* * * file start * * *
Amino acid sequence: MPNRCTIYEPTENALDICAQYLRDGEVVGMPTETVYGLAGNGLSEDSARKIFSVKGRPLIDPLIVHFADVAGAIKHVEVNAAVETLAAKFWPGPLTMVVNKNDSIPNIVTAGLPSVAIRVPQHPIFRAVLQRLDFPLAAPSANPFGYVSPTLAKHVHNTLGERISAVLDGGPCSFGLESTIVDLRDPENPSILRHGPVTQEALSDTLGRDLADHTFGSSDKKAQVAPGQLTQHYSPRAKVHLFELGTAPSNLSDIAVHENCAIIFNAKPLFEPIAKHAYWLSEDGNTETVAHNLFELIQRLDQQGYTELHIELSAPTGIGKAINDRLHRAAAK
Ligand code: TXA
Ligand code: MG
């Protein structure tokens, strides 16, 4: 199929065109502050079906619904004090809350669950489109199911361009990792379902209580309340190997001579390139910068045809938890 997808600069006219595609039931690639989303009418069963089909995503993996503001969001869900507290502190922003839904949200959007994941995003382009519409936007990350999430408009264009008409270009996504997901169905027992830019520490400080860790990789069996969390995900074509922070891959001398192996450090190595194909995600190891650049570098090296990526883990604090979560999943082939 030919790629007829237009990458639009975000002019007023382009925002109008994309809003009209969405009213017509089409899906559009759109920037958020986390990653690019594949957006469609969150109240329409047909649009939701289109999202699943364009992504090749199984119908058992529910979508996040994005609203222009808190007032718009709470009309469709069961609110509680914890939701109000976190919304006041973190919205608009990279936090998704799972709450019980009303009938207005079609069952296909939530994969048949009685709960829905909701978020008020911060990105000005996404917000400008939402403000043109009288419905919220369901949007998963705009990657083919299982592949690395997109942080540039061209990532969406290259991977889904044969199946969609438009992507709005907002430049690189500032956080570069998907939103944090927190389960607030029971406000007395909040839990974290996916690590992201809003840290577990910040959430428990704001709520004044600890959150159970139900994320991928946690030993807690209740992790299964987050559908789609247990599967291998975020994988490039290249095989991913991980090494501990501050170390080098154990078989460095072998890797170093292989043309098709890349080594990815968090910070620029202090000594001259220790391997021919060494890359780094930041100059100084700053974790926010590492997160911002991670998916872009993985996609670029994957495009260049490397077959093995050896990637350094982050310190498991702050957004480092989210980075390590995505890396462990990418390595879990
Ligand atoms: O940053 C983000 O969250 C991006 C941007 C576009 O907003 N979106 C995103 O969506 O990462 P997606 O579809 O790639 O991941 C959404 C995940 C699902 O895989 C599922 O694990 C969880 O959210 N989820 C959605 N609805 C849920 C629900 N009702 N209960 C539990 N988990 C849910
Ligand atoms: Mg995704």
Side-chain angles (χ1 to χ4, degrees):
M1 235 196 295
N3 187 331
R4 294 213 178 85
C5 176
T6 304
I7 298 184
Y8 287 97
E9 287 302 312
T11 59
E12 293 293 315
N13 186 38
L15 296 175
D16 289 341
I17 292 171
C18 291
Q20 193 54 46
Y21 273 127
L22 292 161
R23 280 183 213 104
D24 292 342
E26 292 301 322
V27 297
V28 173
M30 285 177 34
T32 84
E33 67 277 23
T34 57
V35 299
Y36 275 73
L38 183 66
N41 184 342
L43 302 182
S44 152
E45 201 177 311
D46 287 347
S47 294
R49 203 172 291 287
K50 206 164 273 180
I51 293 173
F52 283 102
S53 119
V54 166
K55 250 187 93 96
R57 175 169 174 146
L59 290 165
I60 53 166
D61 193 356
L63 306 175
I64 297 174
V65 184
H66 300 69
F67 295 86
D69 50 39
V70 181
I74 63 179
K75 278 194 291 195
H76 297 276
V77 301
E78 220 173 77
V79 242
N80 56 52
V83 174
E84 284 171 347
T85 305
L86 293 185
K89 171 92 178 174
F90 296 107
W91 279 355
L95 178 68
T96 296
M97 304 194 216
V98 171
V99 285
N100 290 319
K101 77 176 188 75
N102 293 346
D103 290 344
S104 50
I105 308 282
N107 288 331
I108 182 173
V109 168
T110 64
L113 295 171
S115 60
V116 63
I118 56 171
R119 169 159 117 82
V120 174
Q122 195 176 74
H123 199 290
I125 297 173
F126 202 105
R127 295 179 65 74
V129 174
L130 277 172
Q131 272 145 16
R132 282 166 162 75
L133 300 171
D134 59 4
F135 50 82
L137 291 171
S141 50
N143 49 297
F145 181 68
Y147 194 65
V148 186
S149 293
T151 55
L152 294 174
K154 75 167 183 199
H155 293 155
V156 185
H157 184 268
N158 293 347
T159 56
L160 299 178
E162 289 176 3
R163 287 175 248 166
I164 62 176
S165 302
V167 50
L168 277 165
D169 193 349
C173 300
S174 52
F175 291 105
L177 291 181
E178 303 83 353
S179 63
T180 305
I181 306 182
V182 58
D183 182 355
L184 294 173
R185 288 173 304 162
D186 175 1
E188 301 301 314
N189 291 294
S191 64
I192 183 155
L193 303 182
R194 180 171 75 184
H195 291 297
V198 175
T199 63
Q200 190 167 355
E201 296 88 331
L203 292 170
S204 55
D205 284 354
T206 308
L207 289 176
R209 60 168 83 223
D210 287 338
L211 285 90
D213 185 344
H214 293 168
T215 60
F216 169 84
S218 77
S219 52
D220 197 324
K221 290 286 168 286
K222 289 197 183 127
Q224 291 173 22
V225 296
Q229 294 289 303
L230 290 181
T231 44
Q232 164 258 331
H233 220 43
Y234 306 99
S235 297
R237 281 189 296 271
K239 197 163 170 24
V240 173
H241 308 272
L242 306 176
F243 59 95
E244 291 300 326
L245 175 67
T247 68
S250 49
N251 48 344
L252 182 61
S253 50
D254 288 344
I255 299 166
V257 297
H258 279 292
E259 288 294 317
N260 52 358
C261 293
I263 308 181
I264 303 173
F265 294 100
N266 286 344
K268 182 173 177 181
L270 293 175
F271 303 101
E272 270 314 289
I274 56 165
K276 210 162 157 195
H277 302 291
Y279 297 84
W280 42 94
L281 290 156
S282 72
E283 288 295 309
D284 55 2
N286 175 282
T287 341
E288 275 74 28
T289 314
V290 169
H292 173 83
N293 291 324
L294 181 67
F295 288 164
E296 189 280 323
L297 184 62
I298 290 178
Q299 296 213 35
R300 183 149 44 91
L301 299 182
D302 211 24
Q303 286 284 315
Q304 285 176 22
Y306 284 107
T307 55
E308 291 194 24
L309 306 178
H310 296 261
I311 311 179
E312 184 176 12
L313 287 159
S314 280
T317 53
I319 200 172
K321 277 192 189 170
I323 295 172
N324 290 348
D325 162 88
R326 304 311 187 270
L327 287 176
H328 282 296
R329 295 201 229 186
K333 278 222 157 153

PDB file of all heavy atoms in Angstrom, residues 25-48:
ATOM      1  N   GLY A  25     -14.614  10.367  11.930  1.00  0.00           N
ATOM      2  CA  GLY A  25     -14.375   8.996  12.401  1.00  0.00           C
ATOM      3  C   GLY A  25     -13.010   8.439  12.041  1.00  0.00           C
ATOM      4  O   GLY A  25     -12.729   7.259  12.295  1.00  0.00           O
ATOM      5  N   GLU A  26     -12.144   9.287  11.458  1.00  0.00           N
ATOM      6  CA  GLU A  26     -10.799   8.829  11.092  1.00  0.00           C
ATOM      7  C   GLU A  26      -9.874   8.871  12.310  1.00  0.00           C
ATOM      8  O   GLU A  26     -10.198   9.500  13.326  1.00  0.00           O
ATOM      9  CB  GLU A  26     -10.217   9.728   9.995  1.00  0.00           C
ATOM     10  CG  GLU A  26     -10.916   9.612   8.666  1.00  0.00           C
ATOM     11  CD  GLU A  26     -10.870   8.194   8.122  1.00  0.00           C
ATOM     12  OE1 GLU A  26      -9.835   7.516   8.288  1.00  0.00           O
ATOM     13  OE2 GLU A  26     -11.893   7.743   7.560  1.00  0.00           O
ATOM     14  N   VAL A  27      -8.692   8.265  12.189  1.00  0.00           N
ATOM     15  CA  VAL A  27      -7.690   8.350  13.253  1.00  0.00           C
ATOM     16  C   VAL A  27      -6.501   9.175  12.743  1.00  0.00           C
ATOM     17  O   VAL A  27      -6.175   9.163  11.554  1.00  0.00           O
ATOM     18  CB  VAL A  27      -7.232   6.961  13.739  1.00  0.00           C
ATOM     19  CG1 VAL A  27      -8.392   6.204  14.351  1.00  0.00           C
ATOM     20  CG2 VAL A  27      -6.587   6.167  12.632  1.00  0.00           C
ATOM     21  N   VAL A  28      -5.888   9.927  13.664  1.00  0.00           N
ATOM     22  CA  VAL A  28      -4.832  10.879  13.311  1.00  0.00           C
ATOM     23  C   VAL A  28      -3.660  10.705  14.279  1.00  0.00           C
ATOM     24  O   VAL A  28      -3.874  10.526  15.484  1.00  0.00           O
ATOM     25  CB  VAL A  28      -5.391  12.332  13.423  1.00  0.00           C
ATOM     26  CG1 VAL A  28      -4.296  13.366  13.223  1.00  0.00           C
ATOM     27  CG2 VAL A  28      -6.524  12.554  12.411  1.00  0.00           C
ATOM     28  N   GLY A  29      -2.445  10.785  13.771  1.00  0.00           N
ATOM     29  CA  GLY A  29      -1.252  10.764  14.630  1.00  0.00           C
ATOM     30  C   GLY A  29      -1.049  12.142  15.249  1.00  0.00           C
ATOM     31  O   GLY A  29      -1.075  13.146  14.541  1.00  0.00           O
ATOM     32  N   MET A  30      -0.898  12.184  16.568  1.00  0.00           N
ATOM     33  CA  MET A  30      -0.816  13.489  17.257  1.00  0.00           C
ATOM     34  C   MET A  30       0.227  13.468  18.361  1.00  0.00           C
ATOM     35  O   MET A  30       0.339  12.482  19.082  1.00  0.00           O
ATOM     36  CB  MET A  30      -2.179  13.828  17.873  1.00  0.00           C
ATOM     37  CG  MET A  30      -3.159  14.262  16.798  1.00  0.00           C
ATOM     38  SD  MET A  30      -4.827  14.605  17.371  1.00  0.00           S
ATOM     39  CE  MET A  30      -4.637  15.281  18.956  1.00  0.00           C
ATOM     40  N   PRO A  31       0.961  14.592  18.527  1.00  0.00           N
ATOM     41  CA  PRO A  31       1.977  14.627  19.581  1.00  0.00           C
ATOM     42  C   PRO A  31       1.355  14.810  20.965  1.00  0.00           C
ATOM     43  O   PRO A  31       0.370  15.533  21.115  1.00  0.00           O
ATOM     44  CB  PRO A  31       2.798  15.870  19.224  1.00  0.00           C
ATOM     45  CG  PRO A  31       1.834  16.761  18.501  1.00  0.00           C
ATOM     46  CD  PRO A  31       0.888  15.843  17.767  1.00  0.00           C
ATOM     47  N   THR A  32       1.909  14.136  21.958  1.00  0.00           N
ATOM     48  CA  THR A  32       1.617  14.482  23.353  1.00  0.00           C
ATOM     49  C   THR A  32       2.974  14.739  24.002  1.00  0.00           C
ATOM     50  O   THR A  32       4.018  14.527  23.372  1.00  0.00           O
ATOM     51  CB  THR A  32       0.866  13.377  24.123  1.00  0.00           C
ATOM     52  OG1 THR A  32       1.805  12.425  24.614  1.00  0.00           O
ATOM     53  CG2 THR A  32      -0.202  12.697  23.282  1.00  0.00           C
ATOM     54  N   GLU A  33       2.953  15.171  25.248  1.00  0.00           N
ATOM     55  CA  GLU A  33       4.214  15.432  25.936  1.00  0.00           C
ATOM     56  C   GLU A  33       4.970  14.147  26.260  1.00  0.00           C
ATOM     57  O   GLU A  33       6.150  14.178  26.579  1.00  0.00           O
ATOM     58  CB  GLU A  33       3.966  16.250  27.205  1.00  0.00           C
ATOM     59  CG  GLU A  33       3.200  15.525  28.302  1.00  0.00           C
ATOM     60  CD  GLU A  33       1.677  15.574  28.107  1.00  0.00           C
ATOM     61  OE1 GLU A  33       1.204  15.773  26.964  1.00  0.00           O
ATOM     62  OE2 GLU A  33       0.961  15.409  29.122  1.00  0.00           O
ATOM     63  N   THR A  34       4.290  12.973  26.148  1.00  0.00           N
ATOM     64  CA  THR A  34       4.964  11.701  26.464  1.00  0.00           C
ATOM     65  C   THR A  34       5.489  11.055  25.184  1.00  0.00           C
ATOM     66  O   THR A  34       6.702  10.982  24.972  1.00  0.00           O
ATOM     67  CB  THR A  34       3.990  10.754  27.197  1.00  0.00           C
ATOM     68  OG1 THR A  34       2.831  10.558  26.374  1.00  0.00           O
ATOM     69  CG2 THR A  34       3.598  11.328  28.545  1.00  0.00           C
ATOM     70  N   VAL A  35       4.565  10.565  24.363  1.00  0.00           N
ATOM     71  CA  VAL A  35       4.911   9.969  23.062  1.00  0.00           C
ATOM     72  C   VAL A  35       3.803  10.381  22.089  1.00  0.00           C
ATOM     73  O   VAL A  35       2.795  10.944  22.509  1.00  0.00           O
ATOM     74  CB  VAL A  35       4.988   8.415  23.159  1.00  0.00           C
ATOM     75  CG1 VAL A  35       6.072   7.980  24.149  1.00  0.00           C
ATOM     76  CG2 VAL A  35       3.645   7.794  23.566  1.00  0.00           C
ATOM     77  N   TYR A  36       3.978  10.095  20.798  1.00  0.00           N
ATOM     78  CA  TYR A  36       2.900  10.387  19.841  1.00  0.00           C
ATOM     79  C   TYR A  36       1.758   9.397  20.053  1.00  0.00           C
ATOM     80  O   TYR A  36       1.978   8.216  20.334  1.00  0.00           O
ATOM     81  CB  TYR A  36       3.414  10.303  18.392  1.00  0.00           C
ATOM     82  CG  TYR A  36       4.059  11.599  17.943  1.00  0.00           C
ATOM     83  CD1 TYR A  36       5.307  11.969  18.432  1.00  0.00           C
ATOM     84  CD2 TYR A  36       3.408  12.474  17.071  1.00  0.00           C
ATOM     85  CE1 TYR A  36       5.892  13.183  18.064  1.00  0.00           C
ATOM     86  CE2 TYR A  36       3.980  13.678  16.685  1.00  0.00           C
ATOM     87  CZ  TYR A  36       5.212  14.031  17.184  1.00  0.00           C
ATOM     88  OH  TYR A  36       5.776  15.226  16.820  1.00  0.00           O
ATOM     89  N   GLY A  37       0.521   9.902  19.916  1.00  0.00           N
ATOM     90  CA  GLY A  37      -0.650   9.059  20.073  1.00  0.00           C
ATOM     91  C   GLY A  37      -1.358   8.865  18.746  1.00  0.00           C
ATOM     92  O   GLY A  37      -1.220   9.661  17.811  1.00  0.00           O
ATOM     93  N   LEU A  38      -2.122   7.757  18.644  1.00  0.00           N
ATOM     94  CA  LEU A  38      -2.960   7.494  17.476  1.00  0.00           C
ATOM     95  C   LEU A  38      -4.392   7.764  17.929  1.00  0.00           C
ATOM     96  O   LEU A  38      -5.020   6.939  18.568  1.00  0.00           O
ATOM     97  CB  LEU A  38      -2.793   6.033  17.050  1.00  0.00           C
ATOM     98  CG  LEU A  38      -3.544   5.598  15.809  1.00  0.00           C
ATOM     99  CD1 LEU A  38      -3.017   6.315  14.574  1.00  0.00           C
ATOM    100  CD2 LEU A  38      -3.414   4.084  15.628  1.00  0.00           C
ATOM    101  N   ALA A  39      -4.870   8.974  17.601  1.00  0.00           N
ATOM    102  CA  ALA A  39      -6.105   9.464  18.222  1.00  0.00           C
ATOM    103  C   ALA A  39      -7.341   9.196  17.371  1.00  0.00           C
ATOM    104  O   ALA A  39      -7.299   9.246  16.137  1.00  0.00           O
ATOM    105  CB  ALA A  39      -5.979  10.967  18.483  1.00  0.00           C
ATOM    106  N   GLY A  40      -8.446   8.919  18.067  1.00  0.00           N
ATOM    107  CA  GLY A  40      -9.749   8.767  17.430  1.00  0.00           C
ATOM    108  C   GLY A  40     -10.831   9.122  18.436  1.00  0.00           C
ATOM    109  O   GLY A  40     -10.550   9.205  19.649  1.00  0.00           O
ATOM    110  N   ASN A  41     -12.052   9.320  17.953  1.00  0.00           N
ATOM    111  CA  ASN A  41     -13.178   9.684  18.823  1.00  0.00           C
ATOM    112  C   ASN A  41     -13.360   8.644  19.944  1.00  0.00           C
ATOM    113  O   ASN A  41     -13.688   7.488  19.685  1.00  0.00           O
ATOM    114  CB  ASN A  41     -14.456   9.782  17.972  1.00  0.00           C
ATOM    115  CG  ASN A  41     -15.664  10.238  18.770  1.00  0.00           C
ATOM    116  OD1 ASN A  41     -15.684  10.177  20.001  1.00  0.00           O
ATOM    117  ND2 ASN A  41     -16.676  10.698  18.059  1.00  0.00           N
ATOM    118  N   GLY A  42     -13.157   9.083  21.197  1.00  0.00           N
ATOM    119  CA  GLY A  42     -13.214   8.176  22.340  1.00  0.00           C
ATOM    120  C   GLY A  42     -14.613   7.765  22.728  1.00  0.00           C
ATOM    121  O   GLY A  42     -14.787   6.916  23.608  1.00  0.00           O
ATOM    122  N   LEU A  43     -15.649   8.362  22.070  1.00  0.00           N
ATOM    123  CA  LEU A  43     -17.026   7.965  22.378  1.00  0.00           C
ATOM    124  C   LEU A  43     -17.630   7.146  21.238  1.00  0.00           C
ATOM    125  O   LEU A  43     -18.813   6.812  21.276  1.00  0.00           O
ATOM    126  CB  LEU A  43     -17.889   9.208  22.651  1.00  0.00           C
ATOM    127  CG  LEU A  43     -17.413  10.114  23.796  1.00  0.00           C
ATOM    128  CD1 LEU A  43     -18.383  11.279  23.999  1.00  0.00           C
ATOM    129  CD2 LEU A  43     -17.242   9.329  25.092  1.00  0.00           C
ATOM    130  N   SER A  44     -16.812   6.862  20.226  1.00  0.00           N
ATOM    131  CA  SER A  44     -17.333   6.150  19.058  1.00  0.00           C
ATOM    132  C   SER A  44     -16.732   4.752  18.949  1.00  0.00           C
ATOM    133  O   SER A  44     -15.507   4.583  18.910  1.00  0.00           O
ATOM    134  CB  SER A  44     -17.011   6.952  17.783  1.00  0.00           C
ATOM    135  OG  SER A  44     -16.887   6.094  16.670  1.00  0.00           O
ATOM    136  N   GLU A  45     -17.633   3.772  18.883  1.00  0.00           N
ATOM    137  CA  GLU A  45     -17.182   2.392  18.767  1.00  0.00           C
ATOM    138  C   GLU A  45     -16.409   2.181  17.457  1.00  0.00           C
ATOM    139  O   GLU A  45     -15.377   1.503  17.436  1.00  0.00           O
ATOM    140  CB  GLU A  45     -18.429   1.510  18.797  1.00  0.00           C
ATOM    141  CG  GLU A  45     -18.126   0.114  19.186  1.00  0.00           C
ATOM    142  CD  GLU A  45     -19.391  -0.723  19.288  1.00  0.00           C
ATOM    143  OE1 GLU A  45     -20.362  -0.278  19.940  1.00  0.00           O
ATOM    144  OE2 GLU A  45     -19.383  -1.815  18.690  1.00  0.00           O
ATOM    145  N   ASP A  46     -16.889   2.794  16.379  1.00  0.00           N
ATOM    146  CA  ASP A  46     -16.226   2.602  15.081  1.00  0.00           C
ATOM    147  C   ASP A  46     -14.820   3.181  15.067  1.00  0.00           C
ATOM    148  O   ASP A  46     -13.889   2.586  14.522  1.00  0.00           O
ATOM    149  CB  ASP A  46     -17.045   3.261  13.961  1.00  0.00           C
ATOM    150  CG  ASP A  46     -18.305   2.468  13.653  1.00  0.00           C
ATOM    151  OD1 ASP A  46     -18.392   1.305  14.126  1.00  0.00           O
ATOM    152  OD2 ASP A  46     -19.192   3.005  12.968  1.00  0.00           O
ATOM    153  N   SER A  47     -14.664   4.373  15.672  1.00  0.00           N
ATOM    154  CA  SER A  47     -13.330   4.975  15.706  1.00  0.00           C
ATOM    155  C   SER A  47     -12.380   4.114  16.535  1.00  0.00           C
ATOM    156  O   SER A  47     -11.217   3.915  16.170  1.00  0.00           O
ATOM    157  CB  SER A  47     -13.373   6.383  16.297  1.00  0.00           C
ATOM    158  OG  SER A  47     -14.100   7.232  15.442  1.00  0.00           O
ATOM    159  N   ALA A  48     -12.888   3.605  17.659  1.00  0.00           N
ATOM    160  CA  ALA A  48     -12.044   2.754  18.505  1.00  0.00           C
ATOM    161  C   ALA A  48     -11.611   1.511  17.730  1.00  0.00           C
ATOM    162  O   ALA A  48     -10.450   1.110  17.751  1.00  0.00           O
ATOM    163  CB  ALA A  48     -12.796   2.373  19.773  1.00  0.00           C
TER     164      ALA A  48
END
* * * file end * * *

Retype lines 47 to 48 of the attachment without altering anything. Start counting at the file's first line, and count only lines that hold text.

F52 283 102
S53 119